Although that is not the problem, apart from the point where you check for buffer[0] == 0 && buffer[1] == 0 && buffer[2] == 0 && buffer[3] == 0. You see on the top of the loop you have fread(buffer, 512, 1, filein) so by the time the loop runs for the first time you have already filled the buffer with the values read from the card.raw file. And nobody said that if this block of 512 bytes doesn't contain the beginning of a jpg, it's gonna be all zeros.

So this condition is never met, and effectively you don't pass the initial part of the card.raw that doesn't contain a jpg.

Then the flow goes to your else if statement, which will evaluate to false since there is no beginning of a jpg in the buffer, and so the else block will execute.

But since the else if block never execute, you didn't open a new file to write, and the fwrite in else tries to write at NULL giving you a segfault.

I'll leave it to you to figure out how to correct it. This should put you in the right direction.

Tip #1

If you want to initialize a pointer, better use NULL instead of 0. So you should have

FILE* output = NULL;

Tip #2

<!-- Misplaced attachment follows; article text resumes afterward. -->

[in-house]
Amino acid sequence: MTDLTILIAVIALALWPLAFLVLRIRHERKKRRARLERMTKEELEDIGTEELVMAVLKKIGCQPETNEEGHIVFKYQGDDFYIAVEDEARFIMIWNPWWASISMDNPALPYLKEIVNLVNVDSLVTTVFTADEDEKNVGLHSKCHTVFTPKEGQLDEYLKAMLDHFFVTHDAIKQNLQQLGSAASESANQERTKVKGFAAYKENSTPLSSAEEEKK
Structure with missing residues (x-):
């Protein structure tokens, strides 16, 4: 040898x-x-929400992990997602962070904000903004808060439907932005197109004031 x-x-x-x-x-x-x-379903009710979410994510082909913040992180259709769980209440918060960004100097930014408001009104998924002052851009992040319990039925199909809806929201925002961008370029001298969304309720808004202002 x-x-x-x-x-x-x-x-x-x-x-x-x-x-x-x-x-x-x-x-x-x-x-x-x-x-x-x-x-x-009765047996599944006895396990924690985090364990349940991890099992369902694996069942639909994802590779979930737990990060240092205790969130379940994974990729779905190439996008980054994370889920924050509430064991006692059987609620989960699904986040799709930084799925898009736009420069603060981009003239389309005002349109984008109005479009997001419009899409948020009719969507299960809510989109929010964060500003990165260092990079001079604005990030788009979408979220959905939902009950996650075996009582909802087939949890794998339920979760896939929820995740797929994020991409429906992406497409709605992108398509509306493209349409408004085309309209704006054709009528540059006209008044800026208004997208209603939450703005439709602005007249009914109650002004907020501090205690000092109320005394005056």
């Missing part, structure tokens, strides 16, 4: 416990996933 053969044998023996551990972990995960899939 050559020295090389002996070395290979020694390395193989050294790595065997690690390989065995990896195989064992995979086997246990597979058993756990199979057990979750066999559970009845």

If you want to learn how to use the gdb take a look at the instructions here to get you started. http://www.unknownroad.com/rtfm/gdbtut/gdbtoc.html

Edit after changes in code

Ok, you are really really close now. You have just two mistakes and your code works.

Mistake #1

In the unchanged code, and in this one too, above your while loop, you have declared output like so (if you followed my advice you have initialized it to NULL too):

FILE* output = NULL;

But inside your while loop you have one more

FILE* output = fopen(title, "w");

Since there is the FILE* at the beginning, this means it's a new declaration and not an assignment. So the second deceleration will be the one used inside the if block, since it's where its scope is, and since it has precedence over the outer output variable. But then, when you get out of the if block and try to fclose(output), the outer output has precedence, and since it's NULL, you are trying to close NULL and you get the segfault.

To correct this, just remove the FILE* from the beginning of the inner output, to change it from a declaration to an assignment.

Mistake #2

Now this mistake is easier to solve yourself so I'm gonna leave it to you. Just to give you a hint, the title should be like so:

['0', '0', '0', '.', 'j', 'p', 'g', '\0']

See that it ends with a '\0' (i.e. null byte) because it's a string. Fix that and your sprintf() usage and you're golden.


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| improve this answer | |
  • Hi Chris, thanks for the help, i've followed your advice on the initialization of the buffer and pointer. I've modified my code to what I think should make sense now, but I'm still getting the seg fault. Any more clues on whats going wrong? Thanks in advance – GCOTT94 Sep 7 '15 at 19:50
  • Check my edited answer. – ChrisG Sep 7 '15 at 21:41
  • 1
    Thanks so much Chris, my code works perfectly now! – GCOTT94 Sep 8 '15 at 9:19
  • Thank you both! – 祝一帆 Feb 19 '19 at 10:10